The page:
[swift-dev] Rationalizing FloatingPoint conformance to Equatable

Greg Parker gparker at apple.com
Thu Oct 26 16:57:01 CDT 2017

> On Oct 26, 2017, at 11:47 AM, Xiaodi Wu via swift-dev <swift-dev at swift.org> wrote:
> On Thu, Oct 26, 2017 at 1:30 PM, Jonathan Hull <jhull at gbis.com <mailto:jhull at gbis.com>> wrote:
> Now you are just being rude. We all want Swift to be awesome… let’s try to keep things civil.
> Sorry if my reply came across that way! That wasn't at all the intention. I really mean to ask you those questions and am interested in the answers:
> Unless I misunderstand, you're arguing that your proposal is superior to Rust's design because of a new operator that returns `Bool?` instead of `Bool`; if so, how is it that you haven't reproduced Rust's design problem, only with the additional syntax involved in unwrapping the result?
> And if, as I understand, your argument is that your design is superior to Rust's *because* it requires unwrapping, then isn't the extent to which people will avoid using the protocol unintentionally also equally and unavoidably the same extent to which it makes Numeric more cumbersome?
> You said it was impossible, so I gave you a very quick example showing that the current behavior was still possible.  I wasn’t recommending that everyone should only ever use that example for all things.
> For FloatingPoint, ‘(a &== b) == true’ would mimic the current behavior (bugs and all). It may not hold for all types.
> No, the question was how it would be possible to have these guarantees hold for `Numeric`, not merely for `FloatingPoint`, as the purpose is to use `Numeric` for generic algorithms. This requires additional semantic guarantees on what you propose to call `&==`.

Would something like this work?

Numeric.== -> Bool 
traps on NaN etc.

Numeric.==? -> Bool?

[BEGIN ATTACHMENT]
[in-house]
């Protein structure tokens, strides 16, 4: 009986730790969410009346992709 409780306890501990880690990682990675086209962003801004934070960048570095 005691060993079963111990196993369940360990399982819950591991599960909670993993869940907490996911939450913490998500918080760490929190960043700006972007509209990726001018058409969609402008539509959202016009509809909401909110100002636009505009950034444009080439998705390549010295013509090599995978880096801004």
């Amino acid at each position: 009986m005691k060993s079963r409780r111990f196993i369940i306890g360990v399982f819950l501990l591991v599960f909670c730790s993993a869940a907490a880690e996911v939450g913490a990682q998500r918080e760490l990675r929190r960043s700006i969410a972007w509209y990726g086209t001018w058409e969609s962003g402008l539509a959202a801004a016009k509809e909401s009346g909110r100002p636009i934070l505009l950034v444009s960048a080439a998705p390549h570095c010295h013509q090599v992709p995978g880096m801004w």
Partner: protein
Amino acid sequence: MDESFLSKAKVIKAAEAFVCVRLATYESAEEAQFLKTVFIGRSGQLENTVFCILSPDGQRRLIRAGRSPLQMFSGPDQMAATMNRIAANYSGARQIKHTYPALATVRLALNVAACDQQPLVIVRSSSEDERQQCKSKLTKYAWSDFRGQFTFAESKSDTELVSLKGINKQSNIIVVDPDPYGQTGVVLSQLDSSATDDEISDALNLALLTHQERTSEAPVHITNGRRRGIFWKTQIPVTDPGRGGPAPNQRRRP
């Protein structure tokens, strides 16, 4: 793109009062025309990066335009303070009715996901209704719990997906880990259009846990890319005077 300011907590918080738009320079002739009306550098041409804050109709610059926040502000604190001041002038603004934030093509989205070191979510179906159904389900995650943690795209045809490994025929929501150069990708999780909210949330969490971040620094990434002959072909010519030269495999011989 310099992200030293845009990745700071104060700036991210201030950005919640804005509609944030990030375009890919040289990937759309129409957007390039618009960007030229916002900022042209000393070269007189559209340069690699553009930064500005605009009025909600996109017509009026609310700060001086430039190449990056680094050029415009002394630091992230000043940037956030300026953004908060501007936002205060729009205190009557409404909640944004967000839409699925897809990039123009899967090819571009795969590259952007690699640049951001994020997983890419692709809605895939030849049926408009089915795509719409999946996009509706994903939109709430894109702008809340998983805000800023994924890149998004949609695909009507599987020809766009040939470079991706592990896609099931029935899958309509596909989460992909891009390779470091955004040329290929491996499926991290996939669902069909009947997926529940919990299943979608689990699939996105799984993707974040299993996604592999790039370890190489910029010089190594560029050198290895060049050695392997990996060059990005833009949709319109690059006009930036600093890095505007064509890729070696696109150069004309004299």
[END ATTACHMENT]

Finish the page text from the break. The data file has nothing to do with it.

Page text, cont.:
returns nil on NaN etc. You likely don't want this unless you know something about floating-point.

Numeric.&== -> Bool
is IEEE equality. You should not use this unless you are a floating-point expert.

The experts can get high performance or sophisticated numeric behavior. The rest of us who naïvely use == get a relatively foolproof floating-point model. (There is no difference among these three operators for fixed-size integers, of course.)

This is analogous to what Swift does with integer overflow. I would further argue the other Numeric operators like + should be extended to the same triple of trap or optional or just-do-it. We already have two of those three operators for integer addition after all.

Numeric.+ -> T
traps on FP NaN and integer overflow

Numeric.+? -> T?
returns nil on FP NaN and integer overflow

Numeric.&+ -> T
performs FP IEEE addition and integer wraparound

> The whole point is that you have to put thought into how you want to deal with the optional case where the relation’s guarantees have failed.
> If you need full performance, then you would have separate overrides on Numeric for members which conform to FloatingPoint (where you could use &==) and Equatable (where you could use ==). As you get more generic, you lose opportunities for optimization. That is just the nature of generic code. The nice thing about Swift is that you have an opportunity to specialize if you want to optimize more. Once things like conditional conformances come online, all of this will be nicer, of course.
> This is a non-starter then. Protocols must enable useful generic code. What you're basically saying is that you do not intend for it to be possible to use methods on `Numeric` to ask about level 1 equivalence in a way that would not be prohibitively expensive. This, again, eviscerates the purpose of `Numeric`.

I'm not sure that there is a performance problem. If your compiled code is actually making calls to generic comparison functions then you have already lost the high performance war. Any place where the compiler knows enough to use a specialized comparison function should also be a place where the compiler can optimize away unnecessary floating-point checks.

Let me make an analogous objection to the current Numerics design. How do you get the highest performance addition operator in a generic context? Currently you can't, because Numeric.+ checks for integer overflow.

> The point I'm making here, again, is that there are legitimate uses for `==` guaranteeing partial equivalence in the generic context. The approximation being put forward over and over is that generic code always requires full equivalence and concrete floating-point code always requires IEEE partial equivalence. That is _not true_. Some generic code (for instance, that which uses `Numeric`) relies on partial equivalence semantics and some floating-point code can nonetheless benefit from a notion of full equivalence.

I agree that providing a way to get IEEE equality in a generic context is useful. I am not convinced that Numeric.== -> Bool is the right place to provide it.

Greg Parker     gparker at apple.com <mailto:gparker at apple.com>     Runtime Wrangler

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